6. #5
    Junior Member
    Join Date
    Jul 2016
    Location
    NY
    Posts
    13
    Thanks
    11
    Thanked 3 Times in 3 Posts

    Re: CPU Repair

    I have one,
    my question is on what setting do I test it on? Should I use heat tape on the rest of the CPU, I got a blue point Multi meter. I seen dead CPU'S for sale they look cooked(over heated)not sure on mine till I get it in the mail.
    THANK FOR THE HELP Nitrocaster!!!

  7. The Following User Says Thank You to PhIlLy ChEeSe StEaK For This Useful Post:

    Ske (07-22-2016)

  8. #6
    Junior Member
    Join Date
    May 2016
    Posts
    21
    Thanks
    2
    Thanked 6 Times in 6 Posts

    Re: CPU Repair

    Just turn it into capacitance measurement mode and test a cap desoldered from the CPU. Kapton tape may help reducing heat dissipation, but I'm not sure if that would be good for the CPU itself (can potentially cause higher temperature gradient and deformation/cracking). I'd go without a tape.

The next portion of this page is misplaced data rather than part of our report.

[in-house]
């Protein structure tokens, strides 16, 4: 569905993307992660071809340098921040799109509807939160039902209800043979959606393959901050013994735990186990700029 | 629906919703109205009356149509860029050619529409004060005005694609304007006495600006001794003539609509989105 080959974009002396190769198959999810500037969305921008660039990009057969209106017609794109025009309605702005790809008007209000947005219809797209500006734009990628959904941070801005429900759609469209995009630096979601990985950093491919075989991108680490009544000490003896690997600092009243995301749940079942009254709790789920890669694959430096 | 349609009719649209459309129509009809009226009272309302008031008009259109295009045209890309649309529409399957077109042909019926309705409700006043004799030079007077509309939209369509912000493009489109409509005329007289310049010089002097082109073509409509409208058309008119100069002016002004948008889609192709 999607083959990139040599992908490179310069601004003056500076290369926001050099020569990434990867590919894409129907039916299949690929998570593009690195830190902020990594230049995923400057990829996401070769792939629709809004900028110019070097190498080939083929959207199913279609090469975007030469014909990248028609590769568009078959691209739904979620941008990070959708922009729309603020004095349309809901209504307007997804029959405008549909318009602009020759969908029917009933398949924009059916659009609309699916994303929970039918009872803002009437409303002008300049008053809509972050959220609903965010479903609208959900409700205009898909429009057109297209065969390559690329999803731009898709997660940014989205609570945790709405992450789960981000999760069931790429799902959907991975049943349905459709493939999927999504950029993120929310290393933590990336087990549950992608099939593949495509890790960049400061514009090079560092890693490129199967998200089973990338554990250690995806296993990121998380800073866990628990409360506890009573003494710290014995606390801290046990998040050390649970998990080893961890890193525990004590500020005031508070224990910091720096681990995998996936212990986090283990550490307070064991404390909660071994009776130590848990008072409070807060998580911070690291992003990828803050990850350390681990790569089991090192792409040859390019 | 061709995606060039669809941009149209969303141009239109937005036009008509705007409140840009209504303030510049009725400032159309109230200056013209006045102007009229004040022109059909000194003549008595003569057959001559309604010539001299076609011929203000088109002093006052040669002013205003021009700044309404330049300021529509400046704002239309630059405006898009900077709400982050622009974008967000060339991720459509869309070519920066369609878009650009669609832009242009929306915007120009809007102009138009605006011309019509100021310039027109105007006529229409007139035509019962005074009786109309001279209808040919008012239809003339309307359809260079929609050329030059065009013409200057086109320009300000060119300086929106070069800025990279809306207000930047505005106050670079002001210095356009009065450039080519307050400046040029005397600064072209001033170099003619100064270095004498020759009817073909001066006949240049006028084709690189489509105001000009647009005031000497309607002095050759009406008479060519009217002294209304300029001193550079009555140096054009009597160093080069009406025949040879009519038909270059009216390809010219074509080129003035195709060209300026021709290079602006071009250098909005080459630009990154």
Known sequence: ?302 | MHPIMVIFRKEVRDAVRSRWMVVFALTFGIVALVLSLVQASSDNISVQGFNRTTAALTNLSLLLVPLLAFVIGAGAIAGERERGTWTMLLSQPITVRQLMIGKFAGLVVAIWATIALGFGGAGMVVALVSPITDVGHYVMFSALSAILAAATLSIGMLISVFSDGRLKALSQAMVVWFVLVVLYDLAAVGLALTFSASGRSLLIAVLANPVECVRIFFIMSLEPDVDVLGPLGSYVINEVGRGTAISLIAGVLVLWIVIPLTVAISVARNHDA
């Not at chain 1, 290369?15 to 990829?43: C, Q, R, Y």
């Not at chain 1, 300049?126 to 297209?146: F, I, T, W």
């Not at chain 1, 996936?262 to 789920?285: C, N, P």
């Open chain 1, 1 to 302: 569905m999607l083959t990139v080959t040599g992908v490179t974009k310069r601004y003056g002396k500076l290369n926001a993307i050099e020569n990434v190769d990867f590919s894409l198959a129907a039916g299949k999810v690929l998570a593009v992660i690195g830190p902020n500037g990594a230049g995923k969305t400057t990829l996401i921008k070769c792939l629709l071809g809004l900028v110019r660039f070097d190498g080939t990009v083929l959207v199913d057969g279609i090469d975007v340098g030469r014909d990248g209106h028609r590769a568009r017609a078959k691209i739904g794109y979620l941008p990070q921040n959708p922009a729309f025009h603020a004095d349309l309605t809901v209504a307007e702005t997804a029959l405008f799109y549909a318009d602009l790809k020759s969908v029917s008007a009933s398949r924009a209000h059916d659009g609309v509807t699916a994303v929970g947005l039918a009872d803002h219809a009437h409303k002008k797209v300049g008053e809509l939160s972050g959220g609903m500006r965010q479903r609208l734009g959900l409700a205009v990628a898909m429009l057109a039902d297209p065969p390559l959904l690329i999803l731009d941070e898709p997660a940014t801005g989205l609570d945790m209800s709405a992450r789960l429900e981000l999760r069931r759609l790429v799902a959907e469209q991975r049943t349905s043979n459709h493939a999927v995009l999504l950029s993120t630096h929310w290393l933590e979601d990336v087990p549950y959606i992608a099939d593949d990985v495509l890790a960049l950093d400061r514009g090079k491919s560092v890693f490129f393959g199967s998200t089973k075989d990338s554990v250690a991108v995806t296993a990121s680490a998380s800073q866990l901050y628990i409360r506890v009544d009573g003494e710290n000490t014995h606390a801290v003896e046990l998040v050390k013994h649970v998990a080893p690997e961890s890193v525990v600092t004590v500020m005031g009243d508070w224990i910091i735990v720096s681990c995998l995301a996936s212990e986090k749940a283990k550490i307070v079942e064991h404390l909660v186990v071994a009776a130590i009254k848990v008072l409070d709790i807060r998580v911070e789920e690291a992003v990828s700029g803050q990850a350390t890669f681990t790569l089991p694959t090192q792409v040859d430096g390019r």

9. #7
    Junior Member
    Join Date
    Jul 2016
    Location
    NY
    Posts
    13
    Thanks
    11
    Thanked 3 Times in 3 Posts

    Re: CPU Repair

    Quote Originally Posted by nitrocaster [Only Registered and Activated Users Can See Links. Click Here To Register...]
    Just turn it into capacitance measurement mode and test a cap desoldered from the CPU. Kapton tape may help reducing heat dissipation, but I'm not sure if that would be good for the CPU itself (can potentially cause higher temperature gradient and deformation/cracking). I'd go without a tape.
    Cool! Thank you!
    Just got it today in the mail. See if I can post back on it..........

  10. #8
    Junior Member
    Join Date
    Jul 2016
    Location
    NY
    Posts
    13
    Thanks
    11
    Thanked 3 Times in 3 Posts

    Re: CPU Repair

    [Only Registered and Activated Users Can See Links. Click Here To Register...][Only Registered and Activated Users Can See Links. Click Here To Register...]so wanted to update this, put the chip under the micro scope. a few big chips and a bunch of smaller one's surrounding them, I can't take picture's and its so damn small. a few more questions, as I have 1 big one missing and 1 small 1.